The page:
I froze half the chicken and cooked up the rest in the instant pot to be used in recipes. So far I’ve made a huge pot of chicken soup and assembled what I need to make a couple pans of enchiladas for the freezer.

  4. • I sewed a name patch onto a uniform jacket for my husband. He got this jacket for free from a former co-worker who no longer needed it as he’d moved onto a new job.
    • Our minivan suddenly demanded a new battery and alternator. My husband bought the battery and installed it himself, but he farmed out the alternator replacement to a mechanic friend who does favors for friends. We paid, but it was significantly less than it would have been with our regular mechanic. To be specific, we paid $370 total for everything instead of the approximate $1000 it would have otherwise cost.
    • I turned off the furnace and opened windows on a couple of warm days. This is the annoying time of year when we either get snow flurries or sunny days.

  5. I didn’t buy a Lear Jet.

Katy Wolk-Stanley

“Use it up, wear it out, make it do or do without.”

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Good Things Come To Those Who Mooch

by Katy on March 23, 2023 · 36 comments

Please enjoy this reprint of a previously published post.

I have a method for getting great stuff. Sometimes it works and sometimes it doesn’t.

I simply ask people for things that seem to be on their way to the landfill.

For example:

There’s a mini-mall a few blocks up the road that is getting a fancy-schmancy overhaul. In the 12 years we’ve owned our house, this property has been home to a series of unsuccessful Asian restaurants, laundromats, a rather seedy convenience store and a pizza joint. It’s always been poorly kept up, with lots of litter blowing around and a general air of neglect.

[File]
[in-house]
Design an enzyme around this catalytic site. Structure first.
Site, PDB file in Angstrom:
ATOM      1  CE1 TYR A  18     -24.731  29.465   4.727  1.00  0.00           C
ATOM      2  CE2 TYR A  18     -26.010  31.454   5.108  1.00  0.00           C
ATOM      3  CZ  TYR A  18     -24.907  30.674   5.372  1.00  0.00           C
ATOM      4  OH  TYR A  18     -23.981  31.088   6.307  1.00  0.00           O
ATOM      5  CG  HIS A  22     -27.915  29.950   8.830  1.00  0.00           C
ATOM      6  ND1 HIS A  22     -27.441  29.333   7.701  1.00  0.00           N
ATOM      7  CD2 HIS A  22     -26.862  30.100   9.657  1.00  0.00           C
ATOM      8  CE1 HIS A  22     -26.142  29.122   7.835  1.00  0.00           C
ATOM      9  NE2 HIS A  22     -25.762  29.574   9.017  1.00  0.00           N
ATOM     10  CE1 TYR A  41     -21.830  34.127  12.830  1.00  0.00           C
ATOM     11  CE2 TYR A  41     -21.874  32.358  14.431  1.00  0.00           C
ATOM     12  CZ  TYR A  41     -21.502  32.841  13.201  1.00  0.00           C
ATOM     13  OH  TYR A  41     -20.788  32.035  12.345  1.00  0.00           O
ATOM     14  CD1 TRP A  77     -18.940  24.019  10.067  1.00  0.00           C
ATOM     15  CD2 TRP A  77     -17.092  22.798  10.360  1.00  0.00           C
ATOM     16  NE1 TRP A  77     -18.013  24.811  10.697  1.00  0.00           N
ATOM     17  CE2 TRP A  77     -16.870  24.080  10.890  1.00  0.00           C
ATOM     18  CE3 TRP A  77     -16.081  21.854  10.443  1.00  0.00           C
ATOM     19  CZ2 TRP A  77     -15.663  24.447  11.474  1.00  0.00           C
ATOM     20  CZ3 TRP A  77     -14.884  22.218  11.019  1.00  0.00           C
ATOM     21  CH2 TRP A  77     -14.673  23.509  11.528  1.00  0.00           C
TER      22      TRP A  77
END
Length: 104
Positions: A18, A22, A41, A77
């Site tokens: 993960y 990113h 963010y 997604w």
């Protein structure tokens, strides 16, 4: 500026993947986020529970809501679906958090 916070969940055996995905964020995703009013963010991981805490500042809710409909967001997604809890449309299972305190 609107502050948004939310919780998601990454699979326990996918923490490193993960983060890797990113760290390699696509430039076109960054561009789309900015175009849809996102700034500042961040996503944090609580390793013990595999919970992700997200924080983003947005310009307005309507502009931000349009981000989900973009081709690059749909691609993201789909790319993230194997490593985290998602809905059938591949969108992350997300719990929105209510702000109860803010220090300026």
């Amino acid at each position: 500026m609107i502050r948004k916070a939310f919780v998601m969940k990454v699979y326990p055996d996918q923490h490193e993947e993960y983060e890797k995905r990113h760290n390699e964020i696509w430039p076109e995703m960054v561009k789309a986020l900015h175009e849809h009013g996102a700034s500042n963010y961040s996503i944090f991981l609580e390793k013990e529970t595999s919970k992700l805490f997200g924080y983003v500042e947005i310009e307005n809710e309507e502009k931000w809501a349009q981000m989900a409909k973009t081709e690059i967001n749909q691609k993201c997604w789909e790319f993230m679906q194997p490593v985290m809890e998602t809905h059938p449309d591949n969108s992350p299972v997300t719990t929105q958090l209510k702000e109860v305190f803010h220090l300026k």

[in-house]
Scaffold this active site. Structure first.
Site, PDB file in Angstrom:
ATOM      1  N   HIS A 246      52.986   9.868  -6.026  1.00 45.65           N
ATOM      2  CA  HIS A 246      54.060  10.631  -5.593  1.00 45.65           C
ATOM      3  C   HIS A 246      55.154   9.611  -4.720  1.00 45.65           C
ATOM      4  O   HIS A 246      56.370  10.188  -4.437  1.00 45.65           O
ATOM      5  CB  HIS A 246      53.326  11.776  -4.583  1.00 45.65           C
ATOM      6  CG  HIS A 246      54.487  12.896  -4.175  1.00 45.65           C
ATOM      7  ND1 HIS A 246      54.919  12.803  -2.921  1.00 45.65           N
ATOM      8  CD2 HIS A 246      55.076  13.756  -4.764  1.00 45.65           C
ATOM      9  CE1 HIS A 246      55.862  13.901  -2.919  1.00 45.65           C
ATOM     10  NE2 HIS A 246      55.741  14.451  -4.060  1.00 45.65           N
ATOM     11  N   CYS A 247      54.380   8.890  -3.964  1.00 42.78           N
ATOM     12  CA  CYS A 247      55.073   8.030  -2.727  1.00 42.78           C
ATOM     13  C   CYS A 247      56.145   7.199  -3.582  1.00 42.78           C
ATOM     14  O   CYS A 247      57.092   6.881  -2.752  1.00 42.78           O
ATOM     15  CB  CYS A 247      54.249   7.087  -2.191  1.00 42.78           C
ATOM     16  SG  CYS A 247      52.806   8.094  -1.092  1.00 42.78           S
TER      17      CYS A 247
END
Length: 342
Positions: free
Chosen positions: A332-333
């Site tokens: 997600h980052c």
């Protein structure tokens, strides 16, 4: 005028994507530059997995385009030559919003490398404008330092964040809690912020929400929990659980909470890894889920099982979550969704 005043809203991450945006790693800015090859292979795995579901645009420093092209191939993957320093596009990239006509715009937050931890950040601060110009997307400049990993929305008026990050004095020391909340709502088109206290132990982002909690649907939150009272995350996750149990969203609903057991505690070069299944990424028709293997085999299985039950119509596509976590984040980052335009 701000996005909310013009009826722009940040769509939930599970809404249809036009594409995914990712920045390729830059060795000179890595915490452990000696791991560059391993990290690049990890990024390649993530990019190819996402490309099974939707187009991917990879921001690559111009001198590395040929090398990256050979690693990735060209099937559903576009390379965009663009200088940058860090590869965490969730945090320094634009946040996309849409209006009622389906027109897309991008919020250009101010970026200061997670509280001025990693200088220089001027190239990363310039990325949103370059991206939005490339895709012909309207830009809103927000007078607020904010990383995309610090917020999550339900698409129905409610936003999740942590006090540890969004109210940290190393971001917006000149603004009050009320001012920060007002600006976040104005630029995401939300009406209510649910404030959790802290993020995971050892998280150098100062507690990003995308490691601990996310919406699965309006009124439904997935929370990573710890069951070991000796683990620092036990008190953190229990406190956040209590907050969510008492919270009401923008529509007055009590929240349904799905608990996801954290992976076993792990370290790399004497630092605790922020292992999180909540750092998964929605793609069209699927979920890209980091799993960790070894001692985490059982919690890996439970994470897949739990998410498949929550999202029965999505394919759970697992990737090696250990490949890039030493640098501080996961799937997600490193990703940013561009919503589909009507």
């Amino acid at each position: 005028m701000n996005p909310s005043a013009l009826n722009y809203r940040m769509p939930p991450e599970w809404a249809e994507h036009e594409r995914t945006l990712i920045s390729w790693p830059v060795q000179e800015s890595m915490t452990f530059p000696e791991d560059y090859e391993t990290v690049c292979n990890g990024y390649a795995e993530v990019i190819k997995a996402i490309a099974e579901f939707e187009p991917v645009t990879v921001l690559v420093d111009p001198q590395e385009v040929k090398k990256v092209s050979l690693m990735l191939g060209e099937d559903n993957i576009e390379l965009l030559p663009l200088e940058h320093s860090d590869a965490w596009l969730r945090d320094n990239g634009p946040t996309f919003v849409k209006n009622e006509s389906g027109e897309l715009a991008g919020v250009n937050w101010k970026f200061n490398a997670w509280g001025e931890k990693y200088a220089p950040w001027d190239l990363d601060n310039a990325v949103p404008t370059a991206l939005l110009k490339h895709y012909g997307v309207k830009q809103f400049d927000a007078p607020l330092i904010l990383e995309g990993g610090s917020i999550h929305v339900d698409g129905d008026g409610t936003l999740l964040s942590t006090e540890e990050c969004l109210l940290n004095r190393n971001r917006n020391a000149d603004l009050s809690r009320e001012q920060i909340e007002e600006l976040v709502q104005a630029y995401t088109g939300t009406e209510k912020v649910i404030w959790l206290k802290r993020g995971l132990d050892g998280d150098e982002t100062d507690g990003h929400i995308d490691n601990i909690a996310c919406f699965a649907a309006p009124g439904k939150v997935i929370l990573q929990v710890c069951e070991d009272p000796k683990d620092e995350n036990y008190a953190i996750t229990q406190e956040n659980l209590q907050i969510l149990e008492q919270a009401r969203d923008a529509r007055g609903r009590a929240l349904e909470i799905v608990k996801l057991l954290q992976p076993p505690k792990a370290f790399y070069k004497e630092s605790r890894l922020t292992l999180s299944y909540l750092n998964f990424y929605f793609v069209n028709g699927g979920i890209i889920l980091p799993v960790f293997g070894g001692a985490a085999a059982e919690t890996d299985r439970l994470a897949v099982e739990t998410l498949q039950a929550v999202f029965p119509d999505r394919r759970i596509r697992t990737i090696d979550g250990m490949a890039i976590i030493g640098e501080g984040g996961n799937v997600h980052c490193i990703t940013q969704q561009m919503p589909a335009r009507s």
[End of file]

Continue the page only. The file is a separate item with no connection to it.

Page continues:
However, there’s always been a small, oddly kept up garden planted with pretty flowers and even a lovely pear tree. It stood out as an oasis of hope among the vista of plastic bags and cigarette butts.

With the hubbub of construction, the plants were getting sadly trampled. They were certainly no longer getting watered.

I needed to save those plants!

Cycling by yesterday, I noticed a number of people at the site and swerved my bike over.

Taking a deep breath, I asked one of the workers if I could dig up the plants. He pointed out the new owner of the complex. He told me to take all I liked. He didn’t care.

So yesterday evening I grabbed a couple of five-gallon buckets, a shovel and my ever-present Discman with the audio book of Jasper Fforde’s Something Rotten. (I’m addicted to audio books from my local library — it’s the only way I get any fiction read.)

My husband’s parting shot: “When the police give you one phone call, make it your mom.”

Thanks. Good to know.

I started with the gladiolas, and moved along to the long thin yellow iris I’ve always thought were so much prettier than the squat purple freebies lining the north side of my house.

At that point a man came along and asked if I was the new landscaper for the development. Defensively, I explained that the owner had given me permission to dig up the plants. It turns out he’s the next-door neighbor who had originally put in the garden. His wife then joined us and was over the moon that her plants were not going to waste. She also pointed out where she’d planted an expensive variety of daffodils. Cool.

(Whew! Not going to have to make that one phone call after all.)

I was only able to dig up maybe one-tenth of what was there. But I plan on going back in a day or two to salvage more of the iris for my ongoing backyard project.

Here’s the thing: I’m sure many people have walked by this spot and noticed the trampled flowers. But I was the only person to actually talk to the owner and get permission to salvage them. My next-door neighbor mentioned she had been lusting after the gladiolas herself.

Yes, it’s hard to overcome one’s natural shyness. It’s kind of embarrassing to ask someone to simply give you their stuff.

What’s the worst that can happen?

The person says no.

Nothing ventured, nothing gained.

Katy Wolk-Stanley

“Use it up, wear it out, make it do or do without.”